Gentleman Jack Real to Reel Tour Giving African American Filmmakers The Platform They Deserve

Cecilia Smith | 6/16/2017, 9 a.m.
While last year’s #OscarsSoWhite controversy helped launch a national discussion about Hollywood’s lack of diversity, others have taken the issue ...

While last year’s #OscarsSoWhite controversy helped launch a national discussion about Hollywood’s lack of diversity, others have taken the issue into their own hands, choosing to change the narrative by writing and telling their own stories.

Now black filmmakers are taking the issues into their own hands, thanks in part to initiatives like Jack Daniel’s innovative “Real to Reel” series, a nationwide competition created to highlight rising African-American directors. Led by Power star Omari Hardwick, Jack Daniel’s Gentleman competition is quickly turning into a platform for emerging filmmakers.

“I am an artist. I think it’s just incumbent upon me to help those out that might face the same thing, where they can create a fan base -- I definitely think that they need those opportunities to flex their artistic muscles behind the camera, in front of the camera, as writers in terms of their pen. We just need better stories told. Whether the fans want to see it or not, we as artists have to make them want to see it. I’m always going to champion that and champion people that want to tell good, expansive, dynamic, not run-of-the-mill stories. I’m all about that,” Hardwick recently stated to Ebony magazine.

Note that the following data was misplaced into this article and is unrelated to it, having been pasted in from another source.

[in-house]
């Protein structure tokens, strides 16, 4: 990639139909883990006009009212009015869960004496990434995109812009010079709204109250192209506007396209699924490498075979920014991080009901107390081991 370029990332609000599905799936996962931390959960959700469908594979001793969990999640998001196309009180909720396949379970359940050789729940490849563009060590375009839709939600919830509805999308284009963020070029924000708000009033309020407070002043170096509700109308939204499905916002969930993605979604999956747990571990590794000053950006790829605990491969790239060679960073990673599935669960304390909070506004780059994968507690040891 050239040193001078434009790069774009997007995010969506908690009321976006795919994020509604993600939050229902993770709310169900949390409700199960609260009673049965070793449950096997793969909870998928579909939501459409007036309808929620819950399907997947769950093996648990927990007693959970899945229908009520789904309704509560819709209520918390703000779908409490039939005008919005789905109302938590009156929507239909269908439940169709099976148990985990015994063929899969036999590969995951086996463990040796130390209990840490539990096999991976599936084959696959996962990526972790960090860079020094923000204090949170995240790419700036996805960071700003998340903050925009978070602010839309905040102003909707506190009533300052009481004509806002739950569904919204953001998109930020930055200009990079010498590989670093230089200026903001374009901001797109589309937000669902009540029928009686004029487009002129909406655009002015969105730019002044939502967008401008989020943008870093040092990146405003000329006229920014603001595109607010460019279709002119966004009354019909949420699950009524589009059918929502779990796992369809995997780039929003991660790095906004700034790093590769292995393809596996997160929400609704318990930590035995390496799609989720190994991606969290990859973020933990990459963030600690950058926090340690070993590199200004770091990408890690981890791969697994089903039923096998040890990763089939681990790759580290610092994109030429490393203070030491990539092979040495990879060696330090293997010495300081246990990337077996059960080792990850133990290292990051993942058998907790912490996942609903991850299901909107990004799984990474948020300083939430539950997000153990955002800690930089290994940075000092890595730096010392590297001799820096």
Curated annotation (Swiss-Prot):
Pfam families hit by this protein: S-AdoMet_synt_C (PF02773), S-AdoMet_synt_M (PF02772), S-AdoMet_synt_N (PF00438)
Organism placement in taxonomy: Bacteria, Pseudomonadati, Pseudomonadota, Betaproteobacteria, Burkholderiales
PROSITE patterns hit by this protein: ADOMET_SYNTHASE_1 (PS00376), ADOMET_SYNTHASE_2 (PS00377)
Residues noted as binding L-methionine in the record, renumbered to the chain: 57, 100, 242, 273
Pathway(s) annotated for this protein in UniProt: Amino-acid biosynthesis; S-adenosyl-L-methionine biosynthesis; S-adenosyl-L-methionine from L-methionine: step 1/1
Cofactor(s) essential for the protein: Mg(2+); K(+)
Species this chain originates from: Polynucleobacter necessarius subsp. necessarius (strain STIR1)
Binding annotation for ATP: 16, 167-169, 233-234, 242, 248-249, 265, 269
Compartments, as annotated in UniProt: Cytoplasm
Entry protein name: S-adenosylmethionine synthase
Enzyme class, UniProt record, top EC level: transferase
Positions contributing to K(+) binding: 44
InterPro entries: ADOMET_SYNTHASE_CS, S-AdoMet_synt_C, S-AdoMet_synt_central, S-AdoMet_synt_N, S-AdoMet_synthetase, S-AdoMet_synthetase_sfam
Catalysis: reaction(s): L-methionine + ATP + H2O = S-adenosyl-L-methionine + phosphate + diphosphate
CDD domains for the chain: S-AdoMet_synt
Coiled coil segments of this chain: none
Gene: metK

After taking their talents across the country - showcasing short films in Chicago, Los Angeles and more - on June 8 the event landed in Houston, where directors Anthony Rose, Bebushka Monetti and veteran comedian Billy D. Washington took a few moments to speak to us about their short films.

It’s a new lane for Washington, who spent over twenty-five years crafting an impressive comedic career that included a stint on Def Comedy Jam. “Comedy has been my bread and butter for twenty-five years, this is what I do. But it’s [film] is different because I have a different feel for the African-American experience, my stories are typically more abstract and I love a fish out of the water,” said Washington.

Adding, “Certain things that I can’t make funny, I put into film. People wonder how Jordan Peele, who is hilarious, could do a film like Get Out, but it’s really just finding an idea that relates to everybody.”

Tossing his hat into the cinematic ring, he debuted a project called “Bro” during the Houston Black Film Festival, winning his first competition in the process. Now he’s hosting the “Real to Reel” series and offering a submission of his own, a haunting short called "The Pillow Case" that left the audience stunned during the Houston screening.

Praising long time collaborators Christopher Allen and Mikell Limbrick of iRise Films - a place he once interned at - he also celebrated the actresses instrumental in pulling his vision together, the talented Jaylene Mack and Sydnee Simone.

Revealing he’d cast Simone after viewing a video of her preparing for a role he explained, “It was so compelling and this is who I wanted it to be. So I reached out and we shot it in 12 hours.” The result? A short thriller that focused on a chilling secret between two lovers.